Lee's poetry, after all, whether he's playing with silly doggerel or examining the ties of childhood friendship, has always seemed to plug directly into the notion that the childhood we try to complicate at every turn is often really nothing more than a blissful state of mind. And from the moment Choi, Duffy, MacKenzie, Prest and Ross make their entrance — seemingly arriving by pure chance in a strange attic space, littered with the assorted detritus of everyday life — they seem to have a direct connection to that bliss, channeling it at every turn as they work their way through Lee's stuff.
Some of his poems, of course, are merely recited, their simple rhythms driven home with enthusiastic and highly creative percussive force, but a lot of them are sung too, and while there is no composer or musical director credited, the utter joy that infuses Ross's face tells us from where this music has sprung. Along the way, they employ a host of seemingly found costumes and props, finding new and deliciously inventive uses for everything from a racquet case to staplers, scissors and scotch tape, before going completely over the top with a length of bubblewrap that could well result in it becoming one of the most requested toys of the Christmas season.
From start to finish, it's a delightful romp, but what is ultimately its greatest charm is not its childish spirit of fun and adventure but the depth of its heart, for while ALLIGATOR PIE is certainly driven by a child's love of playful invention, it revels in a child's need to give and receive affection, regardless of whether he or she is two or 82. Which, come to think of it, is pretty much the age range to whom this show will appeal.
Monday, November 5, 2012
THEATRE REVIEW: SPEAKING IN TONGUES
JOHN COULBOURN, Special to TorSun
3 NOV 2012
Yanna McIntosh, Richard Clarkin, Helene Joy, Jonathan Goad
There are many reasons those who love good theatre should be consider catching the Company Theatre's new production of Andrew Bovell's theatrically noir-ish SPEAKING IN TONGUES, which opened Thursday, produced in association with Canadian Stage on the Berkeley Street Theatre's mainstage. First and foremost, there's the acting — a quartet of fine artists, each juggling two or three characters with an easy understated assurance, weaving their way through a dense thicket of time and place, moving with such sure-footedness that, regardless of what the plot throws in their path, no one in their spell-bound audience seems to ever feel the need of the theatrical equivalent of a GPS system.
As Bovell ties time and space into knots, often staging two scenes simultaneously in the same space, at others, folding time back on itself to re-arrange the natural progression of things, Jonathan Goad, Yanna McIntosh, Richard Clarkin and Helene Joy move from character to character and from scene to scene with such ease and fluidity that their audience is never left behind.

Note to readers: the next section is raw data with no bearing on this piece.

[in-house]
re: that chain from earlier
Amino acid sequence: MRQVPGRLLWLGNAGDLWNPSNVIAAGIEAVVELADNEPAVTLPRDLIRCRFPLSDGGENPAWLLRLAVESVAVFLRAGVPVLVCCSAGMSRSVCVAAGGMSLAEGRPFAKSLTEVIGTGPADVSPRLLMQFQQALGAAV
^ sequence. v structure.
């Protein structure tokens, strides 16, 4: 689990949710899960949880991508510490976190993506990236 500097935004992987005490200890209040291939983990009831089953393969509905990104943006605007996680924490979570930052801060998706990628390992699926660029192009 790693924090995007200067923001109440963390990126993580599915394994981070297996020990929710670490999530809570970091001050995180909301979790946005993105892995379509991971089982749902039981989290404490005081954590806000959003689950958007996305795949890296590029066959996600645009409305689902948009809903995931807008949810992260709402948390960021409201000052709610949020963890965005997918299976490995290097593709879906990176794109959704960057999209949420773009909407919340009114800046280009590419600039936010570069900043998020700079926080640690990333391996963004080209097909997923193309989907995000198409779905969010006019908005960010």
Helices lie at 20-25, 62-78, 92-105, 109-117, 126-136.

For this, full credit to director Philip Riccio who, despite the complexity of the tale and the relationships, never seems to take his eye off the dramatic through-line, ensuring a smooth ride in even some of the plots most twisted routings, and only occasionally sacrificing dramatic tension for clarity as he leads us through the labyrinth Bovell has spun. That he does it all with such unobtrusive ease is not only impressive but refreshing in a world where too many directors seem intent on showily demanding recognition.
Despite Bovell's heavy reliance on dramatic coincidence, what starts out as a pair of couples flirting with infidelity is soon transformed into a dramatic thriller made up of equal parts "Whodunnit?" and "Whodunwhat?" as the playwright examines our inability to say the things we really mean to the people with whom we intimately share our lives.
To accomplish this, Riccio deftly blends John Thompson's highly effective open concept stage design and dark and eery lighting with an equally evocative soundscape from Michael Laird in a production that is starkly understated and often deeply disturbing. There are a few references to "going to America," that prove jarring in a production that, in accent and style, seems to have already arrived, but that aside, this is a smooth and elegant staging.
So, as usual in a world where unset gem stones are rarity, a production showcasing fine acting is also worth seeing for its direction and its production values as Riccio delivers on the early promise he showed in his production of Through The Leaves.
For many theatre-goers, however, the play is still the thing, and while actors and director come together in a strong showcase for Bovell's skills, in the end, SPEAKING IN TONGUES feels a little too much like a writing exercise — a brilliant bit of noodling from a fine writer that someday might be worked into a cracking good play. As it stands now, it's a memorable voyage in search of a destination.